National state of emergency as Cyclone Gabrielle unleashes fury
A national state of emergency has been declared after Cyclone Gabrielle unleashed fury across the North Island.
There has been widespread power outages, flooding, slips and damage to properties.
Emergency Management Minister Kieran McAnulty says both the prime minister, and the Opposition spokesperson for emergency management are supportive of the move.
He says this is an unprecedented weather event impacting much of the North Island.
The declaration, signed at 8.43am, applies to Northland, Auckland, Tairāwhiti, Bay of Plenty, Waikato, and Hawke's Bay, and gives the National Emergency Management Agency (NEMA) the power to step in and provide additional support and logistics to local civil defence organisations.
In a statement, McAnulty said local leadership, CDEM groups, and emergency responders in all of the affected areas had been doing an outstanding job, "but the widespread damage caused by this cyclone means we need a National declaration to support them".
"A National State of Emergency gives the National Controller legal authority to apply resources across the country in support of a national level response."
"This declaration gives us the ability to coordination further resources for affected regions. I want to emphasise that the government has already been surging support and resources to the regions for some days."
It is only the third national state of emergency in New Zealand's history, the other two being the Christchurch earthquakes and Covid-19.
Flooding and landslips isolate some Auckland regions
There has been widespread power outages, flooding, slips, and damage to properties after Cyclone Gabrielle lashed the North Island.
Auckland Emergency Management (AEM) duty controller Rachel Kelleher says significant rain overnight over much of the region caused widespread power outages, flooding, slips, and damage to properties.
"The heaviest rain and wind was felt on the west coast of the region. In the 12 hours to 4am, 265mm of rain fell in Piha and 106mm in Muriwai."
Piha, Bethells Beach and Karekare have been left isolated as a result of the flooding and land slips.
In Muriwai, a volunteer firefighter remains trapped inside a collapsed house and another is in a critical condition.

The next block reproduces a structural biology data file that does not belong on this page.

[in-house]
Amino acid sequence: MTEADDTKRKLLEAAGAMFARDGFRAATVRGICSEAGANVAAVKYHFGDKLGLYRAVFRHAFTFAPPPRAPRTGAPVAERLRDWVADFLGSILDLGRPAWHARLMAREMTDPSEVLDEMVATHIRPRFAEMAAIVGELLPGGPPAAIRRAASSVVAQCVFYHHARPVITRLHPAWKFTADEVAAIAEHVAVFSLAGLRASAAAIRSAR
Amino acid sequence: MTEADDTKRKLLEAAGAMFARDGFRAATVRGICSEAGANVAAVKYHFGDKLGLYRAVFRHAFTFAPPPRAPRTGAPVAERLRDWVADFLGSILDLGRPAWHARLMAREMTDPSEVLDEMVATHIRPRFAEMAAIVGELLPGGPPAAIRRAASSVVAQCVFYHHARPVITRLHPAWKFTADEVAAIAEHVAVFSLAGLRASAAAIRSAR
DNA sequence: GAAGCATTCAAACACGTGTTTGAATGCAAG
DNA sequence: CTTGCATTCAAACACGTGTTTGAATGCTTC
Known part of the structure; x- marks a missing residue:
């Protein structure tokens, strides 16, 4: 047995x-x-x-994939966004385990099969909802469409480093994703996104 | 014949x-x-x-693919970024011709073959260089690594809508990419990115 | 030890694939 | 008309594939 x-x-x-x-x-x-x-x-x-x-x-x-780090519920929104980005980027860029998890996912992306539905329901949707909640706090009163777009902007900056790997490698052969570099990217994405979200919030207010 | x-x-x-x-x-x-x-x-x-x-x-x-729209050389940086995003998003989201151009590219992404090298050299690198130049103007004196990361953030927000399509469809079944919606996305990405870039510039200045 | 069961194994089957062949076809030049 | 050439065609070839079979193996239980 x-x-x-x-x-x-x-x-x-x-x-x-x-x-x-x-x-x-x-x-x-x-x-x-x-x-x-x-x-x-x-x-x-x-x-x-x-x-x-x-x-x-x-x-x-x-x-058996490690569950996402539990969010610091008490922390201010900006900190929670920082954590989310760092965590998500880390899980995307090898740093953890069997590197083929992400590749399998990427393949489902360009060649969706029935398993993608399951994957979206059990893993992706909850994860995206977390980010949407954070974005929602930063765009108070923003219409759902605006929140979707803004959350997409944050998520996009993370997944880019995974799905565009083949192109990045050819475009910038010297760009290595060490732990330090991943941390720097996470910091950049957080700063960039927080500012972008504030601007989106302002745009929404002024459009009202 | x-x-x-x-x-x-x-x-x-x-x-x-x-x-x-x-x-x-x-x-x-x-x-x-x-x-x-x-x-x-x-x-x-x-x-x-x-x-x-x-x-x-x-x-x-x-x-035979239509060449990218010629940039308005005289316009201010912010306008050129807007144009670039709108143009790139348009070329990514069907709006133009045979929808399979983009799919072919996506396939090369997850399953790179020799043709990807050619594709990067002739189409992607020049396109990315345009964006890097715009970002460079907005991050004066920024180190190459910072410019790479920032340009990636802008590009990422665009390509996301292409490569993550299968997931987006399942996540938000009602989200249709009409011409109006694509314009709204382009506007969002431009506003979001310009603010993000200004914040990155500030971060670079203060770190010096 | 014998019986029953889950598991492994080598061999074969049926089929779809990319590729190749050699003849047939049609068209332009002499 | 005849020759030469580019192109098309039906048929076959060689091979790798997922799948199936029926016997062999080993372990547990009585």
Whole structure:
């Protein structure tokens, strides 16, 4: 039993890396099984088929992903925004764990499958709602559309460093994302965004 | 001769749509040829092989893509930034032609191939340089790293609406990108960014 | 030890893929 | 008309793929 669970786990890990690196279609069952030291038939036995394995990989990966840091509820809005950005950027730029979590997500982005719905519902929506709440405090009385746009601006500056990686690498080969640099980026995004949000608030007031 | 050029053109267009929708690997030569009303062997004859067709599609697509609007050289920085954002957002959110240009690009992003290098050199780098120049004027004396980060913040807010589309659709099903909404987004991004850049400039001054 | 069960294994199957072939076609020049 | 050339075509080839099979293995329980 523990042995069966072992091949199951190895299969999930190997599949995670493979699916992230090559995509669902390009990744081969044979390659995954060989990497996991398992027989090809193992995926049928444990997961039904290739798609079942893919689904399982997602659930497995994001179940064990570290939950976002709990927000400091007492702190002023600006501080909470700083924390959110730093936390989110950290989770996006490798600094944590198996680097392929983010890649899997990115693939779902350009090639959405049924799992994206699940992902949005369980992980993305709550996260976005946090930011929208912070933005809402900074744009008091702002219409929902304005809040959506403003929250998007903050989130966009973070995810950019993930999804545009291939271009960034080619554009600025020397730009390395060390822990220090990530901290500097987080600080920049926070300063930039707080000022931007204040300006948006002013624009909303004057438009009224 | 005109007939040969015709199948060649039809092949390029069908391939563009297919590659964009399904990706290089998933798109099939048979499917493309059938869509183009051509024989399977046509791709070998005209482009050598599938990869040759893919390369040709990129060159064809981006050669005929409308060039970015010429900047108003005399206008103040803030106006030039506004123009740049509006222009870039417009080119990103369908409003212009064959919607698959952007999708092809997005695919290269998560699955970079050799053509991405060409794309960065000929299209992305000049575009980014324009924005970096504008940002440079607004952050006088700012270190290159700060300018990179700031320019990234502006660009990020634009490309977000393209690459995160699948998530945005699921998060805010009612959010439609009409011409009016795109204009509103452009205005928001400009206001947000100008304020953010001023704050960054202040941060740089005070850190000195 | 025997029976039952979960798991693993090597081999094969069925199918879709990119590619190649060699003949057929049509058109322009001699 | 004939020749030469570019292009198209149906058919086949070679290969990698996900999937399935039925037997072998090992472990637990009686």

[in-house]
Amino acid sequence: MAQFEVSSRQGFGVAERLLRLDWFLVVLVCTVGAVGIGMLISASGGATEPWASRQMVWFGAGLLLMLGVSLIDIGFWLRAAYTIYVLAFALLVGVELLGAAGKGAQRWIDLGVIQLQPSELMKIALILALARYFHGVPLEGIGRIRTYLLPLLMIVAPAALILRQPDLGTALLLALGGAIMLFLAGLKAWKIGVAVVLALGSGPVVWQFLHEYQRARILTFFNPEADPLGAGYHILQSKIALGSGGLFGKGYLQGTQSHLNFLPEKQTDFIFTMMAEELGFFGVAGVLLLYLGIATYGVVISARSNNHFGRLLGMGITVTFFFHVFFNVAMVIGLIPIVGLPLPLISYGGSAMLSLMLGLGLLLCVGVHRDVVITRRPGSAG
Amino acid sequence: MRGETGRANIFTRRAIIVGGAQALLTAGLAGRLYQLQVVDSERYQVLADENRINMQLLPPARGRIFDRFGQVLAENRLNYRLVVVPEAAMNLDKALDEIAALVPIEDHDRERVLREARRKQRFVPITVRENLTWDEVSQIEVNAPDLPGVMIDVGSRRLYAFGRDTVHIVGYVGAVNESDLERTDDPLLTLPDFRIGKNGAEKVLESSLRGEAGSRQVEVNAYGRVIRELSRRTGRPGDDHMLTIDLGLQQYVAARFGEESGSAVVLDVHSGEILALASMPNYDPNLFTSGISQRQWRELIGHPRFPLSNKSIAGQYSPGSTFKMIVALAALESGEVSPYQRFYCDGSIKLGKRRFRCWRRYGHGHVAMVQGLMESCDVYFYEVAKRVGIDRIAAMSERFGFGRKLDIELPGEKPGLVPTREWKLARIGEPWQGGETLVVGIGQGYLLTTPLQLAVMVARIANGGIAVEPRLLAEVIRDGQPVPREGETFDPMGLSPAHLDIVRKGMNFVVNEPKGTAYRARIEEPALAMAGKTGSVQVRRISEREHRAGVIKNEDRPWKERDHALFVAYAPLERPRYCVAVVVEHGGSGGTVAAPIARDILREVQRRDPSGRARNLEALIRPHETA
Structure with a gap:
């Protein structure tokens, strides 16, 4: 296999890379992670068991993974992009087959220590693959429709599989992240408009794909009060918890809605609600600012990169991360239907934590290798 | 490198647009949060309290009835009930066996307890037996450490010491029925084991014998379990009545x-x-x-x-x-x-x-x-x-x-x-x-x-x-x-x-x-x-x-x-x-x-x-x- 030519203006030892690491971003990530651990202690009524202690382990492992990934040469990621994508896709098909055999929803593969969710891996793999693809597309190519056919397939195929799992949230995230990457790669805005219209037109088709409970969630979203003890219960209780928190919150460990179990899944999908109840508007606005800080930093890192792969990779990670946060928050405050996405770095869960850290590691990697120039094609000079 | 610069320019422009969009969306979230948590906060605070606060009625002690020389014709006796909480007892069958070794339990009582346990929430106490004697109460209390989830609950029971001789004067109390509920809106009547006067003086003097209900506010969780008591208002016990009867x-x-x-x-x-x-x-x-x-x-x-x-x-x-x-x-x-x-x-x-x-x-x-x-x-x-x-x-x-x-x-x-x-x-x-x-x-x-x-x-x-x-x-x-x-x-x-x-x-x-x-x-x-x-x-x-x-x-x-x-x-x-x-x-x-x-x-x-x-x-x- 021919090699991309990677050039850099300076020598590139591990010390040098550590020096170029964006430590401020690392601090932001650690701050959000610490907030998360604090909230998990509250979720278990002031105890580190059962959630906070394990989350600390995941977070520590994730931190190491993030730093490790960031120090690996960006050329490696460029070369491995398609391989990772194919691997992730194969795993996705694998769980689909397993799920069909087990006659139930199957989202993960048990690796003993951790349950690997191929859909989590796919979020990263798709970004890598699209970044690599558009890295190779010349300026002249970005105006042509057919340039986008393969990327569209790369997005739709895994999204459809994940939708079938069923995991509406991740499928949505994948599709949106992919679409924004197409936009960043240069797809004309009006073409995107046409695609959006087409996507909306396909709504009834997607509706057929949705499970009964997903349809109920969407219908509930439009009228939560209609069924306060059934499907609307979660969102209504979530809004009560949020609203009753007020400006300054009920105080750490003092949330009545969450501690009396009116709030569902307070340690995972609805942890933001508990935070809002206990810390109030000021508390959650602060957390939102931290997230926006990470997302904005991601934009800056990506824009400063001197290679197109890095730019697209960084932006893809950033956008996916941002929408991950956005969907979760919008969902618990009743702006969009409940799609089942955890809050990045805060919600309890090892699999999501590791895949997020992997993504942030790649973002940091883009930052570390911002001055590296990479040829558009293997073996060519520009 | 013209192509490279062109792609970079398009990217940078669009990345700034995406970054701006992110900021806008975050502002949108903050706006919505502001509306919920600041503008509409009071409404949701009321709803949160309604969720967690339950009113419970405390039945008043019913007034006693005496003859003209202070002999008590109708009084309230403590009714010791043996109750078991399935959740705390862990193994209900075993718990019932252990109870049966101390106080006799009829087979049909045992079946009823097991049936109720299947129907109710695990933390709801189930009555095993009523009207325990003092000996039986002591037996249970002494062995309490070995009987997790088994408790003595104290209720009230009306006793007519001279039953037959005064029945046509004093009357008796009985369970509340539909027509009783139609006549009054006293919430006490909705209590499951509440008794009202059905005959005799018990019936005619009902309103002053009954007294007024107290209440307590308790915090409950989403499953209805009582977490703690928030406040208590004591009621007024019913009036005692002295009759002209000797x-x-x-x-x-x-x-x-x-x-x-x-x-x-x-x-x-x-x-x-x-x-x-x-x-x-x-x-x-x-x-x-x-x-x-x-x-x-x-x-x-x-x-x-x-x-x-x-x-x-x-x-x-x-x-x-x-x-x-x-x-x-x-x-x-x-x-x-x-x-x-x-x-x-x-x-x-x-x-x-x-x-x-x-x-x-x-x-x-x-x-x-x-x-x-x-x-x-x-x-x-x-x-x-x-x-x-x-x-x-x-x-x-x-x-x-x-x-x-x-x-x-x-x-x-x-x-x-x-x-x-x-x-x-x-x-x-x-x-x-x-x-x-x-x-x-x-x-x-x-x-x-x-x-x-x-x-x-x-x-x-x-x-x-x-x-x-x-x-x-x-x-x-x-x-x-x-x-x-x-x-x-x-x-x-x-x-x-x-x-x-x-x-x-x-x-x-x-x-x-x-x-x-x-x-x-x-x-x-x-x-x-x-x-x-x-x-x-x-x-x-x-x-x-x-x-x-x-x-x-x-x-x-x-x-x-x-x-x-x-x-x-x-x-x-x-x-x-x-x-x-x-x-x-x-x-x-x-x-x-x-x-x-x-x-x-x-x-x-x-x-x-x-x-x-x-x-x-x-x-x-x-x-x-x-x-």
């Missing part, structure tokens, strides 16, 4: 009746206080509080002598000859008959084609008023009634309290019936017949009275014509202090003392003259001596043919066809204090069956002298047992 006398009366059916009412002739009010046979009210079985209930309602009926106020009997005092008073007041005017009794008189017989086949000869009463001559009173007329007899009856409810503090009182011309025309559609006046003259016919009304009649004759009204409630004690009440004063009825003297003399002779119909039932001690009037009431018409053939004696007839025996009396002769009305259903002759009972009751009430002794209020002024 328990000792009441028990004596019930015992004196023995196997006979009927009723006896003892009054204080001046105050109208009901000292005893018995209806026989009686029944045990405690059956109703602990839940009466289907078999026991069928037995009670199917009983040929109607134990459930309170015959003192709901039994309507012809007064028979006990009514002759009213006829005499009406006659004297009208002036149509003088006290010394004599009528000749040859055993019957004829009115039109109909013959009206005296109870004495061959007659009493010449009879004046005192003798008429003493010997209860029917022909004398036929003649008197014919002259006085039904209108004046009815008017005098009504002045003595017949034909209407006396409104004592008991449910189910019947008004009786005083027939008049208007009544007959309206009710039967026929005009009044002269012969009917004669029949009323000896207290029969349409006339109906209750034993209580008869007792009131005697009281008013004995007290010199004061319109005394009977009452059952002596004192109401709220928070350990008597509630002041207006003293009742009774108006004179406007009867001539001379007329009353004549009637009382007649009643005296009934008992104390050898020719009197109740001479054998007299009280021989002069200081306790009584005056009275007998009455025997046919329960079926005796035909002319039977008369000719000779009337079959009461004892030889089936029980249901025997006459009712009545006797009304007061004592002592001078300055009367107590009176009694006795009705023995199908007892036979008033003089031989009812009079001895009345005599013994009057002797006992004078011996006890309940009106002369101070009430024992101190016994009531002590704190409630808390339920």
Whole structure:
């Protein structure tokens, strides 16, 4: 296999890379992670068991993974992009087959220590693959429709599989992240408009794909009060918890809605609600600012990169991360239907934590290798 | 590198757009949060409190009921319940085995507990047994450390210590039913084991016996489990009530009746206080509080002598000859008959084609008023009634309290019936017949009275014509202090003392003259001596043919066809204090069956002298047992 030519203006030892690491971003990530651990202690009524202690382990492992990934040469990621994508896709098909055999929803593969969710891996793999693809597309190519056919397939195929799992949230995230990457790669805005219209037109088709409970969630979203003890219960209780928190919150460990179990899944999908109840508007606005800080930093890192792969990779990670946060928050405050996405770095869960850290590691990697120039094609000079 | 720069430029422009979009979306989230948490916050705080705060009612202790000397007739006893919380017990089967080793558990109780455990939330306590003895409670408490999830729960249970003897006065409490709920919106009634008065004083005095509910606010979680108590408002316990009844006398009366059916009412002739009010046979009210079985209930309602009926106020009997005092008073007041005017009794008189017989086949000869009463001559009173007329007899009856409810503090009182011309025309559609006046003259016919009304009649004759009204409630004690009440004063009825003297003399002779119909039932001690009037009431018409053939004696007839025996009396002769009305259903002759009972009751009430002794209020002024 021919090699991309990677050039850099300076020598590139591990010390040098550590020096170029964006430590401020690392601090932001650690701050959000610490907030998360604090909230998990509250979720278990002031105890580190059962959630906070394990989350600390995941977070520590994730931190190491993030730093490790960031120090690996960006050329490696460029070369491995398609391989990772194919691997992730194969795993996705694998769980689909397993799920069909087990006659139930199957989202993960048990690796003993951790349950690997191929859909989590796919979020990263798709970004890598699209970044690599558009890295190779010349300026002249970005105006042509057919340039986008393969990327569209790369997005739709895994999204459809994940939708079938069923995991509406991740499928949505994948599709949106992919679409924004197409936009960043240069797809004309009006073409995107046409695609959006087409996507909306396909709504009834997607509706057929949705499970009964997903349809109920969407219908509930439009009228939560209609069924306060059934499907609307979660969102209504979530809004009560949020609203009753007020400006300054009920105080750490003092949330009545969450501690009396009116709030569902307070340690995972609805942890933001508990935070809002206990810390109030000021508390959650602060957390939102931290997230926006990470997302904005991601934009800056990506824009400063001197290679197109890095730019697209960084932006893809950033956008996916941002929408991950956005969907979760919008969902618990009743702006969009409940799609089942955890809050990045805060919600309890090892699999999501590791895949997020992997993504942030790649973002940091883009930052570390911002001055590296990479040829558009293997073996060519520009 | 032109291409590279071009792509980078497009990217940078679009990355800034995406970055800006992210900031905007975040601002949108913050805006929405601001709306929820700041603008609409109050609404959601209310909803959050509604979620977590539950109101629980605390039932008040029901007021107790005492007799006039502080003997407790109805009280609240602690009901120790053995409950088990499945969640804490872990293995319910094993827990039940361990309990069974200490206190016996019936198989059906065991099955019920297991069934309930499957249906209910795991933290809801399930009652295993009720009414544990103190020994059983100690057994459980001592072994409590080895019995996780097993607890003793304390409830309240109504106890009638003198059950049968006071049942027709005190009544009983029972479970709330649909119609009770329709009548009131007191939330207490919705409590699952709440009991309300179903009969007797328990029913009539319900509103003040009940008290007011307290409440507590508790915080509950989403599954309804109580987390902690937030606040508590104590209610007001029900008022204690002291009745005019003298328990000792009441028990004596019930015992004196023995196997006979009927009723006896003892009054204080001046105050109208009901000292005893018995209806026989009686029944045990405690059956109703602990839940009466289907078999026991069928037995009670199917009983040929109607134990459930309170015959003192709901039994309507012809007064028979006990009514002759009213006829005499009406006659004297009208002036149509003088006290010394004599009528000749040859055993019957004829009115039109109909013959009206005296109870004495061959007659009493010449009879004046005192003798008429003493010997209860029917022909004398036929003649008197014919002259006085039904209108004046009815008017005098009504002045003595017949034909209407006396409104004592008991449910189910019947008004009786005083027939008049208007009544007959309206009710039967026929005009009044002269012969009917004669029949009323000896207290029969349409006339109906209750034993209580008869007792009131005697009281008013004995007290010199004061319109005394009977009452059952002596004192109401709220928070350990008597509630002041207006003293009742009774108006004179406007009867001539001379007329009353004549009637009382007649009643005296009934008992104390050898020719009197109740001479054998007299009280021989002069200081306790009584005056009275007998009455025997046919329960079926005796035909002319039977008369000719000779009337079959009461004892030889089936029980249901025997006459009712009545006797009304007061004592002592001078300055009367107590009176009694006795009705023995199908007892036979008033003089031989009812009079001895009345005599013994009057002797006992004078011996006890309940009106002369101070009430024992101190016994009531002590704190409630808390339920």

An emergency alert was sent out on Tuesday morning to residents in Muriwai with a heightened level of land slip risk in particular streets.
Kelleher says Defence Force personnel have helped with evacuations and police are set to put a cordon in Muriwai to restrict access.
She says Council building teams will be assessing the situation there today, and will provide advice on whether people can return to their properties.
Kelleher says record river heights have been seen across the region, including Wairoa River Valley near Clevedon which recorded a peak height of 5.55m.
And in Mt Eden, about 33 households were evacuated from an apartment building due to danger posed by a nearby unstable structure.
On power outages, Kelleher says about 15,000 to 20,000 customers are without it in the region.
"High winds are causing falling power lines and a reminder to treat all power lines as live. If you do come across a downed powerline or damaged power equipment, stop, retreat and stay well care, unless you know that power has been isolated, you should stay at least a bus-length away."
She urged people who felt unsafe in their homes to go and stay with friends and family, or to go to one of their shelters or centres.
Auckland Transport says all KiwiRail passenger services continue to be suspended until midday today.
Bus replacements are running on an hourly basis. There will be some delays to some services. Debris on roads has cancelled some too. Ferry services are also limited. They asked people to check AT's website for the most up to date information on road closures.
"Please be mindful of debris, it's extensive out there."
Meanwhile, MetService meteorologist Georgina Griffiths says 250mm of rain was recorded in West Auckland. With the rain band clearing the region, the red heavy rain warning has now expired for the city as well as Great Barrier. There are still some passing showers, but there was expected to be relatively fine weather until Sunday.
But Griffiths says we're not out of the woods yet from the wind, with a red warning for that remaining due to severe south-westerely gales.
National state of emergency: What you need to know
- The New Zealand government has declared a National State of Emergency, to assist in the response to Cyclone Gabrielle.
- The declaration will apply to the six regions that have already declared a local State of Emergency: Northland, Auckland, Tairāwhiti, Bay of Plenty, Waikato, and Hawke's Bay.
- A national state of emergency gives the national controller legal authority to apply further resources across the country and set priorities in support of a national level response.
- Put safety first. Don't take any chances. Act quickly if you see rising water. Floods and flash floods can happen quickly. If you see rising water do not wait for official warnings. Head for higher ground and stay away from floodwater.
- Stay at home if it is safe to do so. But have an evacuation plan in case your home becomes unsafe to stay in.
- If you have evacuated, please stay where you are until you are given the all-clear to go home.
- People should stay up to date with the forecasts from MetService and continue to follow the advice of civil defence and emergency services.
- Do not try to walk, play, swim, or drive in floodwater: even water just 15 centimetres deep can sweep you off your feet, and half a metre of water will carry away most vehicles. Flood water is often contaminated and can make you sick.
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